waitForEl(selector, callback);
            }, 100);
add_action(‘acf/input/admin_head’, ‘my_acf_admin_head’);

The top section of styles deals with what we want the image preview to look like. I added a small box shadow to the image and padding so there’s a visual break with the content underneath the preview image.

Note that on Line 3 of the coding above we stored the site URL in a PHP variable. We’ll use this to help tell the site where to find the image in the jQuery section. If you’re building a site with a staging site that has a different site base file structure (ie. on localhost), this will make sure the image shows up on all your versions of the site.

The next section of jQuery makes the magic happen. When they hover over one of the options, we put the module name into a variable (imageTP) and find the image in the specified folder. You might add your module image previews in another folder, but I thought the best place for them was under the theme folder, in the folder containing all the coding for my modules, inside of an images folder there (/wp-content/themes/themeName/modules/images).

There’s one final tricky part of this setup: a function called “waitForEl”. The list of modules is being added dynamically to the page when you click on the “Add Module” button. And of course, in jQuery you can’t add an event (hover or otherwise) to an element that doesn’t exist. Instead, the function “waitForEl”, run when you click the “Add Module” button (line 12), calls a setTimeout Function (line 13) that tests every 100 milliseconds to see if whether the “.acf-tooltip li” class exists yet, and then calls the function to add an event (hover) to the element that now exists.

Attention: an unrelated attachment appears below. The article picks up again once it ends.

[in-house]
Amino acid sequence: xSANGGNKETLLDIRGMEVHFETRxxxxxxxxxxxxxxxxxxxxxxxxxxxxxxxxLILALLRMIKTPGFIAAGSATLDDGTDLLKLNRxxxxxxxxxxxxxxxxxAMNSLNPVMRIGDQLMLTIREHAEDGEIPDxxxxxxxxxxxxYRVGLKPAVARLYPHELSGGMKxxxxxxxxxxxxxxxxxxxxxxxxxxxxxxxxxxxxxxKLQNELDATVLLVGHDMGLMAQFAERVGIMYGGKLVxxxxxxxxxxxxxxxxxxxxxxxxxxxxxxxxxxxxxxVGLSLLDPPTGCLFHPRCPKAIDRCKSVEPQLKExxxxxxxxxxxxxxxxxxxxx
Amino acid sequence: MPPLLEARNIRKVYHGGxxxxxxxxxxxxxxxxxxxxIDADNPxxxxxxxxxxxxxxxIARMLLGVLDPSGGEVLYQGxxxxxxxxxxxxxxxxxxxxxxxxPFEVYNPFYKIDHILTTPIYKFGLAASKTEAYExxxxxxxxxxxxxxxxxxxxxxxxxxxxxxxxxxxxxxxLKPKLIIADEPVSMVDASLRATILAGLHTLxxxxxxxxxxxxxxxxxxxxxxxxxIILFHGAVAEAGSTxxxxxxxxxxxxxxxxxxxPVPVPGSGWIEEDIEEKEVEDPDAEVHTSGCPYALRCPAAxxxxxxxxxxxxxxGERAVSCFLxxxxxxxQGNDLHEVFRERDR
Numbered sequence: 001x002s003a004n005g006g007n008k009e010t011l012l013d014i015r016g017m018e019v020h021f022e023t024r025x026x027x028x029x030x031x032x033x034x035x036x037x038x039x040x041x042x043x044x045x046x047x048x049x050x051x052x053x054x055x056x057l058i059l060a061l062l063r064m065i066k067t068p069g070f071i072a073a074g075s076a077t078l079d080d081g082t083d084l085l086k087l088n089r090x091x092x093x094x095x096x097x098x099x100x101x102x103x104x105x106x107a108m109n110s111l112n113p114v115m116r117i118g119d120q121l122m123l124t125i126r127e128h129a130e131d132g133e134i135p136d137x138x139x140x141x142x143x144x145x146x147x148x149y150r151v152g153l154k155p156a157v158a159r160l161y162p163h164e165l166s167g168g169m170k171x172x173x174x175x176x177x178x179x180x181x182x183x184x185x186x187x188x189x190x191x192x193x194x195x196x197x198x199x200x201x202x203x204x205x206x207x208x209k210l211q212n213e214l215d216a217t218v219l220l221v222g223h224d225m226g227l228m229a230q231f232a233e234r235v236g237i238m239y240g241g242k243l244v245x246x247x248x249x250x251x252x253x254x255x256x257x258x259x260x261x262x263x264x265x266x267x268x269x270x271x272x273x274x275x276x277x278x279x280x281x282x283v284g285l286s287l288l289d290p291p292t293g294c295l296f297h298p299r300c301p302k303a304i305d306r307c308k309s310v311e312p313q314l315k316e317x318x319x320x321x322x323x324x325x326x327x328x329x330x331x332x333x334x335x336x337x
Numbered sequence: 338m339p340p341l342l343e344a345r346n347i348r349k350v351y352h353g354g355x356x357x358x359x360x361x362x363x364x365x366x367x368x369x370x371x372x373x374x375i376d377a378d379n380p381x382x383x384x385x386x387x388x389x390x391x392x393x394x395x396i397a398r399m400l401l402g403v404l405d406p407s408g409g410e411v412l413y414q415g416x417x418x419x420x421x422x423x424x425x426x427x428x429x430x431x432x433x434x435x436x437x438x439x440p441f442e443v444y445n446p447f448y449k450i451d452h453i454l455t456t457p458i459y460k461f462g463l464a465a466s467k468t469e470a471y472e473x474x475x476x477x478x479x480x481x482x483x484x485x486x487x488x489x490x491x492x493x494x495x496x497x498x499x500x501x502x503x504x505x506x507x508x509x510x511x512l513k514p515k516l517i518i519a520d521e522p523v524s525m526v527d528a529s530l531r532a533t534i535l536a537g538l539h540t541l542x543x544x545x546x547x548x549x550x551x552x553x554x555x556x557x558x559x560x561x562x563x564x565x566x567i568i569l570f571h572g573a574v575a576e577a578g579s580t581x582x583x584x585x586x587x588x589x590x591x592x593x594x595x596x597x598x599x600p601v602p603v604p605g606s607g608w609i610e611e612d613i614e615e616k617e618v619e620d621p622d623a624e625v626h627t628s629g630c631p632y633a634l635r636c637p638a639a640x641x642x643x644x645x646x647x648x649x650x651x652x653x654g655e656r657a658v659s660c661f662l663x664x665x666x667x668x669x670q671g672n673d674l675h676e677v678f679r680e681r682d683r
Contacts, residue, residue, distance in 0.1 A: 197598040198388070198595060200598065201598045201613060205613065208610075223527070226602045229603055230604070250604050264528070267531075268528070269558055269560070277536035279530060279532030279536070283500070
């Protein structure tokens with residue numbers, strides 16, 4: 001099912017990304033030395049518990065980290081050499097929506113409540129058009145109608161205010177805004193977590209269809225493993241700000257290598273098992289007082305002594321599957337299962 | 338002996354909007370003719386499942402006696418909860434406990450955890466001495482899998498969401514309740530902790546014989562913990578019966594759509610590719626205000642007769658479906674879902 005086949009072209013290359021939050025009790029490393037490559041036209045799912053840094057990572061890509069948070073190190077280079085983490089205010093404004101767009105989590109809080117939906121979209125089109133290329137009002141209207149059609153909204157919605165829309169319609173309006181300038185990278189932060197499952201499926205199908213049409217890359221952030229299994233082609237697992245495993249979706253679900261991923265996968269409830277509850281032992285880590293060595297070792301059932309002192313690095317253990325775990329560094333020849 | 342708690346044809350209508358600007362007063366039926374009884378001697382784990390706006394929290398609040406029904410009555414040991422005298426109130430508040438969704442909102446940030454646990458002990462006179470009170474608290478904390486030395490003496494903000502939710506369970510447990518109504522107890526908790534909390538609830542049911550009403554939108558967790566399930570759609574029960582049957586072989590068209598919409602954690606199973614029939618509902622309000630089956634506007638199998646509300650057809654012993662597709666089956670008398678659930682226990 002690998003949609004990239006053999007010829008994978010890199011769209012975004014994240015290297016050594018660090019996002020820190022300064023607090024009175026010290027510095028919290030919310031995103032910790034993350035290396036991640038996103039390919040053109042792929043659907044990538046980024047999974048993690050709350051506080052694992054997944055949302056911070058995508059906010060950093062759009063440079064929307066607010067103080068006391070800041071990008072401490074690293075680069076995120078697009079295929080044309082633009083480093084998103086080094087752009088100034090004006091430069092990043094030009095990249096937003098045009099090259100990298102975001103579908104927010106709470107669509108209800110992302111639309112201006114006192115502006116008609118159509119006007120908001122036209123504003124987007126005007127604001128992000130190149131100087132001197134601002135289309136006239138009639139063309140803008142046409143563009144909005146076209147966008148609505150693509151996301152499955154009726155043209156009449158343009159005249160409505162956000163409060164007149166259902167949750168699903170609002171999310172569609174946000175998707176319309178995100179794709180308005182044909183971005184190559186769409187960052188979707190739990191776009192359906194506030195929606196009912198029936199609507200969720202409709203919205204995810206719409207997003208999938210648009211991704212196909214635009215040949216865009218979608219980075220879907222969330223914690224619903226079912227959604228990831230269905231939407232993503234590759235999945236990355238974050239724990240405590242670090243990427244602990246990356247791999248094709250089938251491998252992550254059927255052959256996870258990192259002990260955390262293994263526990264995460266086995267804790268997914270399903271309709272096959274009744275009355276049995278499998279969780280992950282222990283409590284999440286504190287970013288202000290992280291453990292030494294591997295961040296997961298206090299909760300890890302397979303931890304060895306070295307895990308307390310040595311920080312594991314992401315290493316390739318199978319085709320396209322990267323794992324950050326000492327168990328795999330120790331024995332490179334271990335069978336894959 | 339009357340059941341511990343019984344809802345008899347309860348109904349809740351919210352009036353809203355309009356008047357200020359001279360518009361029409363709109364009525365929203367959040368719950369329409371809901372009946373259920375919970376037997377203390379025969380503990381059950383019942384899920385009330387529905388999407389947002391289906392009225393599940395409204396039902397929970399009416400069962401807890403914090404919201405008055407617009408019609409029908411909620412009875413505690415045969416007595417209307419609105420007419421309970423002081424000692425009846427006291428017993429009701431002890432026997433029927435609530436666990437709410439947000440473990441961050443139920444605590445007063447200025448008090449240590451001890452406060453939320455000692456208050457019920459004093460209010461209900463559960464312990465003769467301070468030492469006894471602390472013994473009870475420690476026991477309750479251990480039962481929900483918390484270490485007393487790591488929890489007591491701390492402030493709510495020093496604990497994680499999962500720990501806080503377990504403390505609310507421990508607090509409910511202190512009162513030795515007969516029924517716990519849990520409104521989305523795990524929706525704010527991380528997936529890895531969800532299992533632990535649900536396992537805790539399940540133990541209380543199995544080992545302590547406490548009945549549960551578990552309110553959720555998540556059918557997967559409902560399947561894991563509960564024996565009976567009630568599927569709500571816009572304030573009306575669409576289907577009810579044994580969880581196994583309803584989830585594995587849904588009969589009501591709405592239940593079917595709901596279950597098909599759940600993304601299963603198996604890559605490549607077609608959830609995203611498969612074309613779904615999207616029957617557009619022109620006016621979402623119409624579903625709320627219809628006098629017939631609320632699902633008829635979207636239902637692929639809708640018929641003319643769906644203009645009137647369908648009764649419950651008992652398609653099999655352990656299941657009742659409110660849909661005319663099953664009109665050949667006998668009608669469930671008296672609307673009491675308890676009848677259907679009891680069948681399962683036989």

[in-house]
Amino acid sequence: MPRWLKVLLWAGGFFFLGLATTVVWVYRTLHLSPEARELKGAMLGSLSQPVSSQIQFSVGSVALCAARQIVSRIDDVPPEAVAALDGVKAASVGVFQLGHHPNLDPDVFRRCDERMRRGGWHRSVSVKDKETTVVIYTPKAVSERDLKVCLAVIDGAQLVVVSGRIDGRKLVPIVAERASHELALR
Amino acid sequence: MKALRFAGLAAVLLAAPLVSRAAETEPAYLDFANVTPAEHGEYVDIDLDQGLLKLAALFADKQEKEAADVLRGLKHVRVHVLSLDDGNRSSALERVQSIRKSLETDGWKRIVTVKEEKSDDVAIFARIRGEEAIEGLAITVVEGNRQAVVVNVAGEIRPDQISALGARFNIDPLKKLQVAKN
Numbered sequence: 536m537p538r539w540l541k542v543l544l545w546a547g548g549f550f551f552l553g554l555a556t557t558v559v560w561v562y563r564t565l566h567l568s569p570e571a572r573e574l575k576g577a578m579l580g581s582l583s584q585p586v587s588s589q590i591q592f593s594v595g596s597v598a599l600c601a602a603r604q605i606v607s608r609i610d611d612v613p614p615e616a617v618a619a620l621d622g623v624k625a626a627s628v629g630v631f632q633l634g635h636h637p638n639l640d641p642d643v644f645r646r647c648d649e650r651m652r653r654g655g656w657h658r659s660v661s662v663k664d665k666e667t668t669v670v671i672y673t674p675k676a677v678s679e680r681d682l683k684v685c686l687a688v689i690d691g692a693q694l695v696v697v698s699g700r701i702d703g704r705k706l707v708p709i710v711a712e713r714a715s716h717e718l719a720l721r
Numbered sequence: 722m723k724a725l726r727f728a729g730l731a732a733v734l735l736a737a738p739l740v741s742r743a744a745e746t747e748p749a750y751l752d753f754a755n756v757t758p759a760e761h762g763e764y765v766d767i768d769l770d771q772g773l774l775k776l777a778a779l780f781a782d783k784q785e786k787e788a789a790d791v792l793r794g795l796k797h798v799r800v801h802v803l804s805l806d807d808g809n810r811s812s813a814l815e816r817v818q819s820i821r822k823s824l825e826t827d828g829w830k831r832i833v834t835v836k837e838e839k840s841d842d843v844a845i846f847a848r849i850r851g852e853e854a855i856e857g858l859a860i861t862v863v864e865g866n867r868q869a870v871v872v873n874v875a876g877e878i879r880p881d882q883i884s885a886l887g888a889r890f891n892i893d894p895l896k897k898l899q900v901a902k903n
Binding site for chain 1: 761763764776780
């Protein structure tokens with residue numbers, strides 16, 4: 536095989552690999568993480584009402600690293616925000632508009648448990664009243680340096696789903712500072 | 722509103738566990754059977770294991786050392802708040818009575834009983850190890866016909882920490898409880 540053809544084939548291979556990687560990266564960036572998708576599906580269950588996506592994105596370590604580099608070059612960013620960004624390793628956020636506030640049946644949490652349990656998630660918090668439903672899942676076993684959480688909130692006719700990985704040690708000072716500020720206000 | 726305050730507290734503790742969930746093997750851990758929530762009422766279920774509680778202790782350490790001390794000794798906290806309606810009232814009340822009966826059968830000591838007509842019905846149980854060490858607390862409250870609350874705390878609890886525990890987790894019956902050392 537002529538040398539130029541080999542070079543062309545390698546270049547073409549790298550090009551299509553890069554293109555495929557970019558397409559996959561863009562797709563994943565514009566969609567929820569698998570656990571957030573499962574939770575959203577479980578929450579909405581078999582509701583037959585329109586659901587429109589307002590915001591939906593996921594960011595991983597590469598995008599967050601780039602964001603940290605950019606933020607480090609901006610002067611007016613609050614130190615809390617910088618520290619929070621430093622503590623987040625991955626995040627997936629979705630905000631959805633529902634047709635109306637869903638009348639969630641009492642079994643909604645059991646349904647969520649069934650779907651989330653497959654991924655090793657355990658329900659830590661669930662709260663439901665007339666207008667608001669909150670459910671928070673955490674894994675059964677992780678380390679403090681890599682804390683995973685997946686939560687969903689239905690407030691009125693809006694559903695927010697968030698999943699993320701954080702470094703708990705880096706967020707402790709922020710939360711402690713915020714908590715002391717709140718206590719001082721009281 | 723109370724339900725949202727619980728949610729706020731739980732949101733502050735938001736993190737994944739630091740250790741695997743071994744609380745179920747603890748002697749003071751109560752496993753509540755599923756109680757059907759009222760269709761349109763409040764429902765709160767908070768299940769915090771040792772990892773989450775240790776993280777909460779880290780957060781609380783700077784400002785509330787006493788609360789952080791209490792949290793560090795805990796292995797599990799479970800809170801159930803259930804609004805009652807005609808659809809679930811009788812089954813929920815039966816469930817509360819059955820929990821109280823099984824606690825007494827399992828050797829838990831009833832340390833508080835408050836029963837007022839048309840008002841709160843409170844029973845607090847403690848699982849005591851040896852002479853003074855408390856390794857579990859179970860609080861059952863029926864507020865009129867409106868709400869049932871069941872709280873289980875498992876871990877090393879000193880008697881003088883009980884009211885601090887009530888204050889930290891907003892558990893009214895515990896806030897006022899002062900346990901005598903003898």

Here’s what happens:

Clicks “Add Module” -> Function waitForEl runs
[every 100 milliseconds, checks for the .acf-tooltip li element]

When the .acf-tooltip li element is found -> stops setTimeout & adds hover effect

User Hovers over .acf-tooltip li element -> Image Preview shows up

And finally, the last line of the coding above calls this function only in the ACF admin pages.

Adding the Preview Images

Add Module button pressed with hover above showing module options

Part two of this setup is saving and adding the preview images to the file structure. Again, I personally add them under my modules folder in the theme: /wp-content/themes/themeName/modules/images. Whatever setup you decide to go with, make sure you adjust the jQuery to reflect the new location.

Each image will need to be added into the file structure you chose, and they should be named as the modules are named. The easiest way to double-check the name is to hover over the module title, and right-click for “data-layout” attribute in the link:

<a href="#" data-layout="team_members" data-min="" data-max="">Team Members</a>

We’re utilizing this “data-layout” attribute to bring up the correct image. As you take screenshots (and resize and optimize!) of the modules on the front-end of the site, name them according to this “data-layout” attribute: team_members.jpg

And voila! You’ve got a beautiful new preview for your clients.

Do you have other techniques you use to make ACF easier or more intuitive for clients to use? Share below!